What I Do as a Digital Archivist

What does a computer geek and history major do for a living? In my case, the answer is “manage the digital operations of a major archive.”

I have always interested in computers and technology. I practically inhaled every computer history book and trade magazine I came across between the ages of 11 and 17. In high school, I became just as interested in historic documents (primary sources), buildings, and sites. From the site of the discovery of gold in California to the landscape of monuments in Washington DC, to the ancient cathedrals and grand museums of southern England, I became enthralled with discovering and interpreting the past. I suppose I should have also figured that having a university professor for a father and an academic librarian for a grandmother might lead me down the path of archival science. In college, I majored in history, and due to a fascination with “peering behind the curtain” of historical place and events, went to grad school for Public History and interned at the California State Archives.

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With Mark Hall-Patton of “Pawn Stars” fame at a California History Conference in 2010.

As the Digital Archivist and Manager of Digital Programs at the UW American Heritage Center, my typical day contains a little of everything. Most of my work as the Digital Archivist centers on the computer, either at my own desk or at the AHC’s workstation for preserving born-digital records. Since becoming the AHC’s Digital Archivist three years ago, I’ve expanded our capacity to ingest (that is, transfer files on computer media to more stable storage) to over twenty kinds of media! This includes everything from CDs to Zip disks to flash drives, or even 1980’s 5 and 1/4” floppy disks.

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The AHC’s born-digital ingest setup, with a broad array of hardware support.

Transferring files from disks to our secure archival server is just the first step of my process. I then describe the files and their contents roughly (this is referred to as entering minimal descriptive metadata), and ensure their future accuracy by generating checksums (or hashes) of each file, to match against the files in the future.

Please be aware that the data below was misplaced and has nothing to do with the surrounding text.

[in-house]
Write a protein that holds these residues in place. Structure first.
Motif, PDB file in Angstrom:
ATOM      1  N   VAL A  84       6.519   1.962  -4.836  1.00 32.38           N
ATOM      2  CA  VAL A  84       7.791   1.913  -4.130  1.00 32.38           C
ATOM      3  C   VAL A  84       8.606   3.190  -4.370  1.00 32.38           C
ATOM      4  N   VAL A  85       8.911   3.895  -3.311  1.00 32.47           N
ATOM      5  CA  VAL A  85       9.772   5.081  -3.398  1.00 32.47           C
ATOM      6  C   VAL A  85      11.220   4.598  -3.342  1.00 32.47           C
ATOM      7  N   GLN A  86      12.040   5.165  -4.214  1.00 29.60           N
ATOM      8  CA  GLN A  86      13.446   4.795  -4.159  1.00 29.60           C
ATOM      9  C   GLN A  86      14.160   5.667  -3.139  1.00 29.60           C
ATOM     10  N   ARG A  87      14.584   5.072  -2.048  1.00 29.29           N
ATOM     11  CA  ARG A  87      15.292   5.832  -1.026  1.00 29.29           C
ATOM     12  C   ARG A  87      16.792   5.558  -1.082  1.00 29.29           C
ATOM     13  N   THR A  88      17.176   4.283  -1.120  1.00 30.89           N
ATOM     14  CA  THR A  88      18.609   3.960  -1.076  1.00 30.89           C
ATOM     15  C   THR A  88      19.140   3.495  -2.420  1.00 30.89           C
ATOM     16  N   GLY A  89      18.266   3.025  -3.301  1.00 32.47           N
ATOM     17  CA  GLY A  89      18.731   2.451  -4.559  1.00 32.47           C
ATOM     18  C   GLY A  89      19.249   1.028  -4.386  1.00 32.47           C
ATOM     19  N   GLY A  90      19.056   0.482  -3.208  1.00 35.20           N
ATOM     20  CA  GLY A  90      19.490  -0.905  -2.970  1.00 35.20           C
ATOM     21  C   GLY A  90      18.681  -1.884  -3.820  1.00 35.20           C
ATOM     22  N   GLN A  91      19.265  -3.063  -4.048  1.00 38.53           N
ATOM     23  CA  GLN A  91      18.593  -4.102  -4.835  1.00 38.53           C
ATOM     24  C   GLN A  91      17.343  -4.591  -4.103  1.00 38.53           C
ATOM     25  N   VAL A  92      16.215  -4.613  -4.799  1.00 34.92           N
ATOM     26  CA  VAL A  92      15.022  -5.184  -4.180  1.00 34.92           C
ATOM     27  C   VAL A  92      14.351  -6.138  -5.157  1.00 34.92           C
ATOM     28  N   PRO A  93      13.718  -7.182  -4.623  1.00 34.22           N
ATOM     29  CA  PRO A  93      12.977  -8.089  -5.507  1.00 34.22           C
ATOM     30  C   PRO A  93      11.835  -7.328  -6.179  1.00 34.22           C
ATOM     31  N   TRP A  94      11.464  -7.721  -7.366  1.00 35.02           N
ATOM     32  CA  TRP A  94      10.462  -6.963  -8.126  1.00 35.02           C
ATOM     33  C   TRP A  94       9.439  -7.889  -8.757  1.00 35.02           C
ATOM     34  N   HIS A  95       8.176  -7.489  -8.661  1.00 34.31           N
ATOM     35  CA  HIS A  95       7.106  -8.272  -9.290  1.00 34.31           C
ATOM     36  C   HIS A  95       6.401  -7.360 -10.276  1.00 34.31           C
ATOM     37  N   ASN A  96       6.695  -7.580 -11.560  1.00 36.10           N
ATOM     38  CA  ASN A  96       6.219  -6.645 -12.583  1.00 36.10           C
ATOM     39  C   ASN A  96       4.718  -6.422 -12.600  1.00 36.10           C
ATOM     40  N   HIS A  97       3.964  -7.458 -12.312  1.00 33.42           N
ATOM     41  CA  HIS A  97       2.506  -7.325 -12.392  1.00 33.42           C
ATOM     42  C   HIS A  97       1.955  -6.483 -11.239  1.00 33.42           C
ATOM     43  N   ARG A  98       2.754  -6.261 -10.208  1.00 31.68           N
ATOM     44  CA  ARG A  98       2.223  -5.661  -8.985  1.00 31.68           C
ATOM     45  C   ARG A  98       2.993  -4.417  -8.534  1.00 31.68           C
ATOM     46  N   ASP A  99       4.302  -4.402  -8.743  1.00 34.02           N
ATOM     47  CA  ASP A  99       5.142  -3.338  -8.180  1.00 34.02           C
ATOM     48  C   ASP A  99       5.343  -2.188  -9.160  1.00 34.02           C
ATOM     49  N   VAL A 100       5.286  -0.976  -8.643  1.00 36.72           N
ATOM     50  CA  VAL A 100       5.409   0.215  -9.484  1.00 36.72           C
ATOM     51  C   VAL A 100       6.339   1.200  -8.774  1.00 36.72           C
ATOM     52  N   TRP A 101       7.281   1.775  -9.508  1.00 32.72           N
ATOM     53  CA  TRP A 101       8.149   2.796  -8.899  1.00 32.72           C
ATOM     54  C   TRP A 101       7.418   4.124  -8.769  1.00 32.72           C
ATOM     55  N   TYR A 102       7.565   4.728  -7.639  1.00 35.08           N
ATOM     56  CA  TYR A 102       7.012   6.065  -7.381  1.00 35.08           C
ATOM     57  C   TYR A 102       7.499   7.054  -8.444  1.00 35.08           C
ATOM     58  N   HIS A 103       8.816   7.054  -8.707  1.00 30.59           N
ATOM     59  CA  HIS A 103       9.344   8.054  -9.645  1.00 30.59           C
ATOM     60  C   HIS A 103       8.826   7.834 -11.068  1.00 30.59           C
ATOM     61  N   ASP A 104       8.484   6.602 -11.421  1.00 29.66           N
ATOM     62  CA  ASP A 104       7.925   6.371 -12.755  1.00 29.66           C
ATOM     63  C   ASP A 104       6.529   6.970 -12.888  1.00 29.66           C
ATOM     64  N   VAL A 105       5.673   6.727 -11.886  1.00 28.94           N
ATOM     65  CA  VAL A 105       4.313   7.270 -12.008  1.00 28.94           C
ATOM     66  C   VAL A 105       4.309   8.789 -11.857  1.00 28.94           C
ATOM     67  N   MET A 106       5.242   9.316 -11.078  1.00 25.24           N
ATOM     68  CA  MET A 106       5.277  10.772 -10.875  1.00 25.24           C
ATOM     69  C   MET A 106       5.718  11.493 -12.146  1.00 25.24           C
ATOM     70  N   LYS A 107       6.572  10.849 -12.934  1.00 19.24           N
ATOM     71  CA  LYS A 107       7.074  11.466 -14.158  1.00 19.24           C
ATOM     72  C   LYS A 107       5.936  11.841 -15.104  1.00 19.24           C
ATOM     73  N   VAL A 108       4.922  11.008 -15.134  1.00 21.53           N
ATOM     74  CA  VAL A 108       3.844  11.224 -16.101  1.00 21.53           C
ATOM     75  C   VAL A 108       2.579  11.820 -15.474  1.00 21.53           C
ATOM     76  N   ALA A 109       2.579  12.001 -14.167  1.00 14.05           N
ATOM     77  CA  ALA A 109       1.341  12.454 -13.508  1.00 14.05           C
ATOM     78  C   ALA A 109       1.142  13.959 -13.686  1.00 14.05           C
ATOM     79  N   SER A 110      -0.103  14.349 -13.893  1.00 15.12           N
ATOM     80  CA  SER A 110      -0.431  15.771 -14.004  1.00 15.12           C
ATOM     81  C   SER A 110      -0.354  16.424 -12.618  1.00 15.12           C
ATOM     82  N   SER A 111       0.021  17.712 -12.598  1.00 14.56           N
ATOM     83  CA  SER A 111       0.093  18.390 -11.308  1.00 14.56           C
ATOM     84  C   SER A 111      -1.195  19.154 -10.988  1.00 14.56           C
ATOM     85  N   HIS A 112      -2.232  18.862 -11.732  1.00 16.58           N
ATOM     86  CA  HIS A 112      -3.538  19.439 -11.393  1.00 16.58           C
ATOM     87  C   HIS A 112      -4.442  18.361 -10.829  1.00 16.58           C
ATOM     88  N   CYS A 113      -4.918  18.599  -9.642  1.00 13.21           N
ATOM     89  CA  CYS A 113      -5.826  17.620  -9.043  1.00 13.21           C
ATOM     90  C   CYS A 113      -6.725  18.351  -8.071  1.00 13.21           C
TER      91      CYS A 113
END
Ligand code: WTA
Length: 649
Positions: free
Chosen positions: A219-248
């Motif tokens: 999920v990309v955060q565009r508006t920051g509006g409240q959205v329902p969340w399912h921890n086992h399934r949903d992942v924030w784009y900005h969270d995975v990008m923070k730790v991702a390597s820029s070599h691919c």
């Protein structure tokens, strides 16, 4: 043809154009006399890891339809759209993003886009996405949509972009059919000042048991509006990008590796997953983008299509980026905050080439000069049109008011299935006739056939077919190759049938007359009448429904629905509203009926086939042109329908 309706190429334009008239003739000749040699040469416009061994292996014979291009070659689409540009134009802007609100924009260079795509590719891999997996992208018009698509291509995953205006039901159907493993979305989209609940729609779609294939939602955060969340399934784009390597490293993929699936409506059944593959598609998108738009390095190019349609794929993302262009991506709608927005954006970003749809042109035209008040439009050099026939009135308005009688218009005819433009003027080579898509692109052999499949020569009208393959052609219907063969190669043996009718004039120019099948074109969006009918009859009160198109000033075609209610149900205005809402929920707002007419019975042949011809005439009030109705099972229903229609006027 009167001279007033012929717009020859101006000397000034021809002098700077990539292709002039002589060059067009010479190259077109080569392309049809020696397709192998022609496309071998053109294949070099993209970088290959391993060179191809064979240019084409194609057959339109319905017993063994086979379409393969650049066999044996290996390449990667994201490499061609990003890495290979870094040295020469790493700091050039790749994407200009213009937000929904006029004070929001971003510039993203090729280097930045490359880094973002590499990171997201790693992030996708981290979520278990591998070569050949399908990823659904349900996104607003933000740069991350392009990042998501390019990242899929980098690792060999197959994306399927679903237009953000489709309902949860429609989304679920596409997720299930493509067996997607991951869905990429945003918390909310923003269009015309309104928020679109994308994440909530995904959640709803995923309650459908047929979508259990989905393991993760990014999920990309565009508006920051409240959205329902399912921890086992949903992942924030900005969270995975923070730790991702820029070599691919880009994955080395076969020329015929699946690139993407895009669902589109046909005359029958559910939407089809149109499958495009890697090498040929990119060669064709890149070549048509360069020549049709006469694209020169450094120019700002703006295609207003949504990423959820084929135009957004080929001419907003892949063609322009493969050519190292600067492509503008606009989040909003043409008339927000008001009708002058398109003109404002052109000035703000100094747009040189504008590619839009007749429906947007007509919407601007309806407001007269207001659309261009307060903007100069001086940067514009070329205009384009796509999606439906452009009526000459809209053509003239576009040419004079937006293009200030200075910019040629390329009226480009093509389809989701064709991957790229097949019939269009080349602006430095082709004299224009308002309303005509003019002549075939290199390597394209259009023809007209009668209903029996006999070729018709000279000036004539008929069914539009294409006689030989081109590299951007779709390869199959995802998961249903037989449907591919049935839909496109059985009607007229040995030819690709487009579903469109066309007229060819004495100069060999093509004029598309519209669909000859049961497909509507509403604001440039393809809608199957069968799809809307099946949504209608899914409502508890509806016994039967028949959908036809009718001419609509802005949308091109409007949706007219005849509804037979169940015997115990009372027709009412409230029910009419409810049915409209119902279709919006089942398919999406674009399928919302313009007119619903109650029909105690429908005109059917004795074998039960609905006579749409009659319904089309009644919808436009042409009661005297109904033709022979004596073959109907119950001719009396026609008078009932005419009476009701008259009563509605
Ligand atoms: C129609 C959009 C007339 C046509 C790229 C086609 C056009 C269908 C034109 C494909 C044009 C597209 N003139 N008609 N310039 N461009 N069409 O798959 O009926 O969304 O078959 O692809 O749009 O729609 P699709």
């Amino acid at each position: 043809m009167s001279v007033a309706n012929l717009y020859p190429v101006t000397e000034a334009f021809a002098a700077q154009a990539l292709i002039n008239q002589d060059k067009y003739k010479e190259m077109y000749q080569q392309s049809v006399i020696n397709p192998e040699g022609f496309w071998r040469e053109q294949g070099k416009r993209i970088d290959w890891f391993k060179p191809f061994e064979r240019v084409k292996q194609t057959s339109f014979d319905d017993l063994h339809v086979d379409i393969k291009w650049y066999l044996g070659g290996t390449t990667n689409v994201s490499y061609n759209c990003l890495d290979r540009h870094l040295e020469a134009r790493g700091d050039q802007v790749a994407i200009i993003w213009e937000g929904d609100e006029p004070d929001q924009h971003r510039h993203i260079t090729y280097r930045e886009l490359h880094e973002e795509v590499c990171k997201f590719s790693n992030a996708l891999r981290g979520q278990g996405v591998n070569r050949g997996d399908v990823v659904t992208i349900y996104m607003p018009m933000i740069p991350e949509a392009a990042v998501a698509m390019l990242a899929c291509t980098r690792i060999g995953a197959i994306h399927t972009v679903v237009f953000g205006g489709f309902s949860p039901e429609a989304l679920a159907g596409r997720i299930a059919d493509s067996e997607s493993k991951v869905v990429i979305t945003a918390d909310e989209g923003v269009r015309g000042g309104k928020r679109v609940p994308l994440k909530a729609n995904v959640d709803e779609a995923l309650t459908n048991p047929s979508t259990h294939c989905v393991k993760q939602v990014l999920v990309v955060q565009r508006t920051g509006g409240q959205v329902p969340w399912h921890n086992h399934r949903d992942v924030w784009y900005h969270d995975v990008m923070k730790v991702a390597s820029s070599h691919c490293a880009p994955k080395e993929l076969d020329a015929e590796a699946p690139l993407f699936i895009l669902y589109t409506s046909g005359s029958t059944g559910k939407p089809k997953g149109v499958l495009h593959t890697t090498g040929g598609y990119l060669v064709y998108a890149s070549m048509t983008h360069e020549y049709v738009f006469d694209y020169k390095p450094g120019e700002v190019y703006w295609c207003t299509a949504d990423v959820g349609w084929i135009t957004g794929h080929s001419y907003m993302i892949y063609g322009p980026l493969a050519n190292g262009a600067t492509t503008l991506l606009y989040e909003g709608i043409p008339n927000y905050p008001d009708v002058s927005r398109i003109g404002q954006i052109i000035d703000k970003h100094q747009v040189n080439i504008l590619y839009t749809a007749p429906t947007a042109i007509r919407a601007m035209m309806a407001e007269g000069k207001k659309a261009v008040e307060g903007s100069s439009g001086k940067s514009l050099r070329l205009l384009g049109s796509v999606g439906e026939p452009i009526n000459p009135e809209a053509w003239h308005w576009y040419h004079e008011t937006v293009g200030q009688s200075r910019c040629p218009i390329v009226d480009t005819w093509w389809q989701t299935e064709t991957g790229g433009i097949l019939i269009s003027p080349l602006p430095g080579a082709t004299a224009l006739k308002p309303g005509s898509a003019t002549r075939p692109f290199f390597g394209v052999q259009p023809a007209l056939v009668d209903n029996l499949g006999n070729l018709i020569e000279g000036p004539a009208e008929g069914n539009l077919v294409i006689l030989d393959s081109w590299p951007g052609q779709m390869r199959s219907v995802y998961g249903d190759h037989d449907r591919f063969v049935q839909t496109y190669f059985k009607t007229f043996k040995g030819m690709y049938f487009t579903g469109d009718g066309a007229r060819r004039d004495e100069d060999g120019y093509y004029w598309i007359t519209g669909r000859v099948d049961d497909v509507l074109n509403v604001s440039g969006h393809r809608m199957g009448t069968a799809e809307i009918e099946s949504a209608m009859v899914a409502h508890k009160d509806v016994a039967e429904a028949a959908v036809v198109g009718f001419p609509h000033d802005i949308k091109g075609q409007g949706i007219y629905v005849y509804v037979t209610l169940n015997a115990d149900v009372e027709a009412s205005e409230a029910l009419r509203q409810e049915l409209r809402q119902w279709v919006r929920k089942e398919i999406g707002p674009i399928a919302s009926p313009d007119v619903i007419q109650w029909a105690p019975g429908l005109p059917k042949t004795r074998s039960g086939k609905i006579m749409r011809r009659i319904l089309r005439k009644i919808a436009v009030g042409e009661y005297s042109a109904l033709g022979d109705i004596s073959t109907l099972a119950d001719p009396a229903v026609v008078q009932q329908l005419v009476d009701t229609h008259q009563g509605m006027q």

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Surveying 100 year old diaries for my department to digitize.

On a typical day, this process of ingesting born-digital records takes a back seat to managing my department: Digital Programs. Comprised of an archives specialist, computer support specialist, photographic technician, and two scanning technicians, there’s always something interesting going on. From digitizing 100 year old diaries, complete with pasted-in newspaper clippings and postage stamp photographs, to using chemical developer to make copies of deteriorating cellulose nitrate negatives from the 1910s, the digital programs department works hard. Overseeing the department means everything from setting budgets, writing grants, liaising with AHC Administration and UW departments, and sometimes solving the pesky technical issue on the fly.


My day wouldn’t be complete without a meeting or three, usually of the AHC department heads, faculty, or UW faculty in areas including administration, setting born-digital policy, and crafting the AHC’s social media presence.

When I’m not doing any of the above, I’m also acting as the webmaster for the AHC’s site, catching up on professional literature like The American Archivist, or researching for my next article. I spend a lot of my free time thinking about copyright, social justice, and access to cultural heritage.

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